Two Quads

We had more internet drama at my house last night, so we went out and drowned our sorrows at the Red Lion pub. It came back on this morning, but only long enough for me to write a post about Newton Rayzor that was promptly lost when the signal went out again. So all I can manage right now is a short post sent from the library of Cristo Rey Jesuit High School, near beautiful Hobby Airport. (I’ll get back to Mr. Rayzor later in the week.)

I was in Chicago last weekend for a wedding and in true homing pigeon fashion wound up down at the University of Chicago. This is a truly beautiful campus and it’s earliest parts were built not all that long before Rice’s. The architectural styles could hardly be more different, though. I have, in the course of my work, looked at thousands of images of Rice’s main quad, to the point that sometimes I don’t even really see it anymore. But looking at these beautiful neo-Gothic buildings at Chicago let me see it with fresh eyes. Both campuses are lovely and both signal real intellectual seriousness, but it’s striking how differently they do it.

In the end, though, I can’t help but think of the great president of the University of Chicago, Robert Maynard Hutchins, and something he said at his inaugural address in 1929: “If the first faculty of the University of Chicago had met in a tent, this would still have been a great university.”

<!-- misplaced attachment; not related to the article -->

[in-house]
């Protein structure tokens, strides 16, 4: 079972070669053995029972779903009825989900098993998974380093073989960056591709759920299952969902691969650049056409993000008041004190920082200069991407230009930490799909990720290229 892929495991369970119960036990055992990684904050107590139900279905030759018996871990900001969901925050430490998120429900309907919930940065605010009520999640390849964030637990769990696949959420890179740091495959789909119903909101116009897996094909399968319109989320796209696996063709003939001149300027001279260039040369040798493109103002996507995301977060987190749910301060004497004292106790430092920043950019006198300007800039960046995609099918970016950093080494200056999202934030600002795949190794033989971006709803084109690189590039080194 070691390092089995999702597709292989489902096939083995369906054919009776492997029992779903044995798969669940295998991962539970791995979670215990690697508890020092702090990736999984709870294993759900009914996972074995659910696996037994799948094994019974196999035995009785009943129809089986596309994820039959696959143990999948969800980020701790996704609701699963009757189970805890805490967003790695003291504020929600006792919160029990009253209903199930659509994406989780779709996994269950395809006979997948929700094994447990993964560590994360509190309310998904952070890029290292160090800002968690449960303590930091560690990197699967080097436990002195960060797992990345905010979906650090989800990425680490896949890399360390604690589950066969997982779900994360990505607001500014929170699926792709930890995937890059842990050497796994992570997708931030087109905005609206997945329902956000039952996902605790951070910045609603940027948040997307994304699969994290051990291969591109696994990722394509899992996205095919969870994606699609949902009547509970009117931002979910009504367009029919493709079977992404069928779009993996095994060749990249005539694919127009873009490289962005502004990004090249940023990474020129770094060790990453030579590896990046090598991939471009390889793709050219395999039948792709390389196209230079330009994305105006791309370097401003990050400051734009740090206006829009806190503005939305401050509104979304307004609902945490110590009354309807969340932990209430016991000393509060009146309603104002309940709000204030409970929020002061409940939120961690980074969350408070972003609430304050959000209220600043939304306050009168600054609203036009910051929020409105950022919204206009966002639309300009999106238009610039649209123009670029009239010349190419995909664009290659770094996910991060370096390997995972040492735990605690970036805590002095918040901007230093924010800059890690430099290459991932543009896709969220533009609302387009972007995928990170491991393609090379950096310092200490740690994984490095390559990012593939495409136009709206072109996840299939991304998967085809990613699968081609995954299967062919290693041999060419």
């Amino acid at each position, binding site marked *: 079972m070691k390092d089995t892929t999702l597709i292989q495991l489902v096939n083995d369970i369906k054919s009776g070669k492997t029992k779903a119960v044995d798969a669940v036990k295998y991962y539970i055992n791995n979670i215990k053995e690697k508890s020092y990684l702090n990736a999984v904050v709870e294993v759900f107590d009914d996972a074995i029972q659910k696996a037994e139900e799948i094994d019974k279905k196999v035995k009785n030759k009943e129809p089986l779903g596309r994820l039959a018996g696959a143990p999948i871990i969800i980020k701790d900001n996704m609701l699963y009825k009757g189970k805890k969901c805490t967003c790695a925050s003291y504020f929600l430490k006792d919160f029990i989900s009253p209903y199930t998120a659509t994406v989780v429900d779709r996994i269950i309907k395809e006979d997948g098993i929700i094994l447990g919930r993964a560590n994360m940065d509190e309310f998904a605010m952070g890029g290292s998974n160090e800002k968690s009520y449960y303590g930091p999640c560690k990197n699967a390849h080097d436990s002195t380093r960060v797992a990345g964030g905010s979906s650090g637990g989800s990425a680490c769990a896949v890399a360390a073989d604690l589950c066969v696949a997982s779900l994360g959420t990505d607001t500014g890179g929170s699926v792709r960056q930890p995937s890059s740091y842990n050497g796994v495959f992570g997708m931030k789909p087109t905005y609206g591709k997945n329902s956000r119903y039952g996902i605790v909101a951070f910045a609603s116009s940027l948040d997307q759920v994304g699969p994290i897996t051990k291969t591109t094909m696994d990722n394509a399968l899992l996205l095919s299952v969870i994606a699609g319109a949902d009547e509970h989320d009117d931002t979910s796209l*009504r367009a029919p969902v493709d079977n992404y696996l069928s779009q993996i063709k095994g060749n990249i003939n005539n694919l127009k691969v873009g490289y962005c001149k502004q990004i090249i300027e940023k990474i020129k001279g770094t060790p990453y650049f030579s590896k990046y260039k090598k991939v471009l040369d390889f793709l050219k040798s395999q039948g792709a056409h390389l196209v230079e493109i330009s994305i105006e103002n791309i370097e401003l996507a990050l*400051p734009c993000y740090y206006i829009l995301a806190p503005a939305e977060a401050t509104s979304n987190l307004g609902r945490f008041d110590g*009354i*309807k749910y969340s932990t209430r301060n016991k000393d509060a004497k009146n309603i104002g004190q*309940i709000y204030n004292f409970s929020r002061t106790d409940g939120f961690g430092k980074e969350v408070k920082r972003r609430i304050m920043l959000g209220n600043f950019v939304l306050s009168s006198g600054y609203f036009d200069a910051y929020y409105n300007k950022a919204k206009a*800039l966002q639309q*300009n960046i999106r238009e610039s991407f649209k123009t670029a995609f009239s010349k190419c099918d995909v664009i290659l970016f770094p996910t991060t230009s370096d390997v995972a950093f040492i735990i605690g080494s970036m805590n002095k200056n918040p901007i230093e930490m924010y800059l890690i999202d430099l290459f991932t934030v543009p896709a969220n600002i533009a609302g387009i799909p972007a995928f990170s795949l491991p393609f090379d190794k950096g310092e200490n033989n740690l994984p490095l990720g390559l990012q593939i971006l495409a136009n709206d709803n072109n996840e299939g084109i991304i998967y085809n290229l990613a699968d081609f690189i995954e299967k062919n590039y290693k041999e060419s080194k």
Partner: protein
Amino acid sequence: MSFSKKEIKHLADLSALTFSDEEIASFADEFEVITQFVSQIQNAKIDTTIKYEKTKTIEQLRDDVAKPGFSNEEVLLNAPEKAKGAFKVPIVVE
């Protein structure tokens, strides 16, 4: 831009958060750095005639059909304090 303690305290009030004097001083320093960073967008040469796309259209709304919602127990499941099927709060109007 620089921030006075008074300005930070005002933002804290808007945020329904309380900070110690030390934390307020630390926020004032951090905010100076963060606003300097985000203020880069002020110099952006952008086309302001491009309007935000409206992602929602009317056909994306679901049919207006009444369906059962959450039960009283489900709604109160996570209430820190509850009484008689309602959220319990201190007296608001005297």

Yes, indeed.

Bonus photos:

I’m a little bit more dubious about this one:

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1 Response to Two Quads

  1. Jim Marks says:

    Amazing coincidence, since Liz and I just came from two years living in Woodlawn, the neighborhood just south of Univ. of Chicago.

    And yes, when we first got to Rice, after two years of living in the shadows of the neo-Gothic campus, the open brightness of the Spanish Colonial was quite a shock.

    Unfortunately, Univ. of Chicago has done a very poor job, with their explosive growth, in retaining that aesthetic feel of the main quad throughout the rest of their campus. As you point out, there are some real post-modern eye sores, and the entire “south campus” on the far side of The Midway is a long, dreary row of grey, featureless, concrete boxes.

    To be fair, though, some of the residential structures along the fringes of Rice’s campus are equally dubious, aesthetically. One could argue however, as the self-professed architecture capital of the country, Chicago has less excuse.

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